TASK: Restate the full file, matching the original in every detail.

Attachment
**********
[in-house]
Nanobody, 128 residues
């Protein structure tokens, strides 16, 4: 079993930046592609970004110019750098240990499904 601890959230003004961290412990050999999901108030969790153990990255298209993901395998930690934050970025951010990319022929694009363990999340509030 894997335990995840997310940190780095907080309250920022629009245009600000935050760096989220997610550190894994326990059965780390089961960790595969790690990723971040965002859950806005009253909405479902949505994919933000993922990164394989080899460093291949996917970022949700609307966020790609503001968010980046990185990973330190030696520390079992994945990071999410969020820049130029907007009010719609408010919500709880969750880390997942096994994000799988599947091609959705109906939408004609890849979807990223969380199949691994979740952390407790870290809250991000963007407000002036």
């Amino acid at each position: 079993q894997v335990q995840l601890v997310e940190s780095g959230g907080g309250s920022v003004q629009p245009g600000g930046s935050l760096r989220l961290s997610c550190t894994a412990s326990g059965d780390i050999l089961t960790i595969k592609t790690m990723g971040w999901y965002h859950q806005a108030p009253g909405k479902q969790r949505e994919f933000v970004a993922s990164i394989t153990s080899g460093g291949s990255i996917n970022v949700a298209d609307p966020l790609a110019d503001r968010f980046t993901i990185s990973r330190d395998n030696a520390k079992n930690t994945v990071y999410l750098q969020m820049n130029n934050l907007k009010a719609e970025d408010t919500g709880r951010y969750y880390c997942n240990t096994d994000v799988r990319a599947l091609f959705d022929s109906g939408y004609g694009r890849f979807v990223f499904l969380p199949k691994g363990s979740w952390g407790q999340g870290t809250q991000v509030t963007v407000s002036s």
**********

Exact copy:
[in-house]
Nanobody, 128 residues
């Protein structure tokens, strides 16, 4: 079993930046592609970004110019750098240990499904 601890959230003004961290412990050999999901108030969790153990990255298209993901395998930690934050970025951010990319022929694009363990999340509030 894997335990995840997310940190780095907080309250920022629009245009600000935050760096989220997610550190894994326990059965780390089961960790595969790690990723971040965002859950806005009253909405479902949505994919933000993922990164394989080899460093291949996917970022949700609307966020790609503001968010980046990185990973330190030696520390079992994945990071999410969020820049130029907007009010719609408010919500709880969750880390997942096994994000799988599947091609959705109906939408004609890849979807990223969380199949691994979740952390407790870290809250991000963007407000002036």
């Amino acid at each position: 079993q894997v335990q995840l601890v997310e940190s780095g959230g907080g309250s920022v003004q629009p245009g600000g930046s935050l760096r989220l961290s997610c550190t894994a412990s326990g059965d780390i050999l089961t960790i595969k592609t790690m990723g971040w999901y965002h859950q806005a108030p009253g909405k479902q969790r949505e994919f933000v970004a993922s990164i394989t153990s080899g460093g291949s990255i996917n970022v949700a298209d609307p966020l790609a110019d503001r968010f980046t993901i990185s990973r330190d395998n030696a520390k079992n930690t994945v990071y999410l750098q969020m820049n130029n934050l907007k009010a719609e970025d408010t919500g709880r951010y969750y880390c997942n240990t096994d994000v799988r990319a599947l091609f959705d022929s109906g939408y004609g694009r890849f979807v990223f499904l969380p199949k691994g363990s979740w952390g407790q999340g870290t809250q991000v509030t963007v407000s002036s």